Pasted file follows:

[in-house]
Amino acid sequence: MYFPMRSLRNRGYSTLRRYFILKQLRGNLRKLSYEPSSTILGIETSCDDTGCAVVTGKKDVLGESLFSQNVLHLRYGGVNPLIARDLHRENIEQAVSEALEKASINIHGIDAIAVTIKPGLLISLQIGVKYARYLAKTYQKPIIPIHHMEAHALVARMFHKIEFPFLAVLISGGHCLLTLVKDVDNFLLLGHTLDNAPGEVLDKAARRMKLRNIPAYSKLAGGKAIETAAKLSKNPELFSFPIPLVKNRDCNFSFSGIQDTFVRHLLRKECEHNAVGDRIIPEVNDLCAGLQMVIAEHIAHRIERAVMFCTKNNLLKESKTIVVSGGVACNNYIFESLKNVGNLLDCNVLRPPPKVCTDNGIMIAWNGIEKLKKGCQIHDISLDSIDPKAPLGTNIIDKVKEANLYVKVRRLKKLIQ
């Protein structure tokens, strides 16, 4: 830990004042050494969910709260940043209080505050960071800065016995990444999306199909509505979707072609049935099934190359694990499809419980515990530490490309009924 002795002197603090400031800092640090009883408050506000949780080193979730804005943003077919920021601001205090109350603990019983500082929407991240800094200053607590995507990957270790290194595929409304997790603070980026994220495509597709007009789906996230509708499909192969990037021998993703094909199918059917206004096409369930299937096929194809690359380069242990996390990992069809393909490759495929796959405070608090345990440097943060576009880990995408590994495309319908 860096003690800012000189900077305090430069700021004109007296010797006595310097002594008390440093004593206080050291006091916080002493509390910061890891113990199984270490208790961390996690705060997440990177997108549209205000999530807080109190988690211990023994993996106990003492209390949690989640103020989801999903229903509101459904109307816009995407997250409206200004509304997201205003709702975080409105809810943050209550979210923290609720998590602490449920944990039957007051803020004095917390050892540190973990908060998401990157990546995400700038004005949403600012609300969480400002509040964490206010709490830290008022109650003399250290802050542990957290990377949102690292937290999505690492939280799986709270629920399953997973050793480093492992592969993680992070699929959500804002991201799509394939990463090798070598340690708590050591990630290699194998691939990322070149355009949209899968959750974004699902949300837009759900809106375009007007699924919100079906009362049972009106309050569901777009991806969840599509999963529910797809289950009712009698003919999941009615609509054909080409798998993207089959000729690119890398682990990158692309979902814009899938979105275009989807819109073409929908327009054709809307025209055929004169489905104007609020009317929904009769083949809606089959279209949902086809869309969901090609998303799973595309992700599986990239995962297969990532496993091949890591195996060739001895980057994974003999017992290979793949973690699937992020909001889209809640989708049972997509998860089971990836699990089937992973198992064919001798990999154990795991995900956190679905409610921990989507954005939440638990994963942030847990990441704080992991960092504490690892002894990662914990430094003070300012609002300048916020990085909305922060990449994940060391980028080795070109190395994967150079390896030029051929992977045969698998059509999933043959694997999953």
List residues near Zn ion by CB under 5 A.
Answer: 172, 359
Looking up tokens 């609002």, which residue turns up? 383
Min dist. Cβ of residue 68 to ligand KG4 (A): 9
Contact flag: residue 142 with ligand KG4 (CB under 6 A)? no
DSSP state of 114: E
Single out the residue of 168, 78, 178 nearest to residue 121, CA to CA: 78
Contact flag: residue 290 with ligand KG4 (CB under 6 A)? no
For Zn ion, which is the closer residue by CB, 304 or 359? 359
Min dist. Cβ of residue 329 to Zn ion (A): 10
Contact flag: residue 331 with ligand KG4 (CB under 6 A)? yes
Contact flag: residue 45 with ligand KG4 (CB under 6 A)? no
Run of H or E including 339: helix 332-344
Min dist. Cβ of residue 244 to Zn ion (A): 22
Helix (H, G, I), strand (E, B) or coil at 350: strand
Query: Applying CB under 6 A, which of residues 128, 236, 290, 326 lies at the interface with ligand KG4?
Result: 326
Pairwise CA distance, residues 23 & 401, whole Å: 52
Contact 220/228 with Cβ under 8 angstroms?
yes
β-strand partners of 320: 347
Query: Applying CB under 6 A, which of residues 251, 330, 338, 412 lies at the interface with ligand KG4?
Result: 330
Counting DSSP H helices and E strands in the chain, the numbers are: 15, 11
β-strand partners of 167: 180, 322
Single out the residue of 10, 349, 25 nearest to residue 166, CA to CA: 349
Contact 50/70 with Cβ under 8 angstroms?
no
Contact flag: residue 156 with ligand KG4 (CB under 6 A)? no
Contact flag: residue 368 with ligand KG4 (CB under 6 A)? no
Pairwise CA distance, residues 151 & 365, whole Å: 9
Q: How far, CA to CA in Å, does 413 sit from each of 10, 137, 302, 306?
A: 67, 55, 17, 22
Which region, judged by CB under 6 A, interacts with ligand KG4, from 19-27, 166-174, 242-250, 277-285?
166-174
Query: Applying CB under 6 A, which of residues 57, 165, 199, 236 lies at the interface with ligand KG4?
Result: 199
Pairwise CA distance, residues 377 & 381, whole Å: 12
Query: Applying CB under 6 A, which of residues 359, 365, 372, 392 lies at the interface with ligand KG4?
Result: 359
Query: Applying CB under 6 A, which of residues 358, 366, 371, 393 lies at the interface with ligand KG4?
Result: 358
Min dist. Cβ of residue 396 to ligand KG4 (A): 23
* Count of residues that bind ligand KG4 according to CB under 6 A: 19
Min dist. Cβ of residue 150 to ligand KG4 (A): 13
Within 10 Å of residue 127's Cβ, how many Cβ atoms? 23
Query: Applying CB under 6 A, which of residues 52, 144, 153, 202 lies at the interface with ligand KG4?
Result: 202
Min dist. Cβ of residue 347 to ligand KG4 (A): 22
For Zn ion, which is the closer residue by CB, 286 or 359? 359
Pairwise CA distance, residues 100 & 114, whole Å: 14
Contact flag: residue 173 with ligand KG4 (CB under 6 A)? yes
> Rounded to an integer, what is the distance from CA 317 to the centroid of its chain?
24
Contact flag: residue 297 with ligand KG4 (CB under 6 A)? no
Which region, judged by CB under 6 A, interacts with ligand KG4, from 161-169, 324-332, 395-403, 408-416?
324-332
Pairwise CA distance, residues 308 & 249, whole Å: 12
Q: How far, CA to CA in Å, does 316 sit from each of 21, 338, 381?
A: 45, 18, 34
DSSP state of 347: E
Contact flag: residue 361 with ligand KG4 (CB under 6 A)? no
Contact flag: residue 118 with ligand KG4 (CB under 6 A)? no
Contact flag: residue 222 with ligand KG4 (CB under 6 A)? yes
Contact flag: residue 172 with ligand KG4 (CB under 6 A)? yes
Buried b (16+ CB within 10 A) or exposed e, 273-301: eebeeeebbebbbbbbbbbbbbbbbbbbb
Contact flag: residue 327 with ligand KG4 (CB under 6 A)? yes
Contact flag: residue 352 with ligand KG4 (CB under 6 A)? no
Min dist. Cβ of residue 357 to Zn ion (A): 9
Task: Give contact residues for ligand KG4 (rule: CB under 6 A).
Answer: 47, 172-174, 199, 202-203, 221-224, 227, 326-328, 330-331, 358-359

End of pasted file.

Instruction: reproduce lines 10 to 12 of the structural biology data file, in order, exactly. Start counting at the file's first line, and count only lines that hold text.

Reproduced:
Single out the residue of 168, 78, 178 nearest to residue 121, CA to CA: 78
Contact flag: residue 290 with ligand KG4 (CB under 6 A)? no
For Zn ion, which is the closer residue by CB, 304 or 359? 359